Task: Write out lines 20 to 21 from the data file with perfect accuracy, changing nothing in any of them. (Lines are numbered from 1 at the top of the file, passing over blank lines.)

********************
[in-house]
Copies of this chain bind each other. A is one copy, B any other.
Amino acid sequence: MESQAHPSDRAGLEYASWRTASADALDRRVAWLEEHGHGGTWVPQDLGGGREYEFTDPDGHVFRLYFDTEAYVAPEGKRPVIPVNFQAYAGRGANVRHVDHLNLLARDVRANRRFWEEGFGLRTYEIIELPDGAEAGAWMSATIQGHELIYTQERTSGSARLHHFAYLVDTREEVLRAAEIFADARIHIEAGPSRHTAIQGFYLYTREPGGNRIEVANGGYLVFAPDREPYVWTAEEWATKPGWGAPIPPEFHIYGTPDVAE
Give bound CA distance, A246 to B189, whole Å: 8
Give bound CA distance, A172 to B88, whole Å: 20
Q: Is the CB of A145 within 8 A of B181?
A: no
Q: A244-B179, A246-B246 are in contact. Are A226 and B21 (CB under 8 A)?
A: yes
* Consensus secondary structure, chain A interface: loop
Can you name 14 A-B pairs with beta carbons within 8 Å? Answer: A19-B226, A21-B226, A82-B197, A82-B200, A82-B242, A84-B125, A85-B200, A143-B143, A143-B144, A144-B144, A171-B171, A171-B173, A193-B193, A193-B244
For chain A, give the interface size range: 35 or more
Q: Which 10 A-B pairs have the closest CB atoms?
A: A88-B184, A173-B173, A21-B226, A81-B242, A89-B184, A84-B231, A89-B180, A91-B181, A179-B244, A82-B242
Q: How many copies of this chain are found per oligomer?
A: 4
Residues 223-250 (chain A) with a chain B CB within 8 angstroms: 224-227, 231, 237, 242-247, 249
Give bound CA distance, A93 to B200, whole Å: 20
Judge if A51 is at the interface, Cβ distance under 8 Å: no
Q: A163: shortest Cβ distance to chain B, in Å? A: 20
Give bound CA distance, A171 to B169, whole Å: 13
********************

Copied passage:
Q: A163: shortest Cβ distance to chain B, in Å? A: 20
Give bound CA distance, A171 to B169, whole Å: 13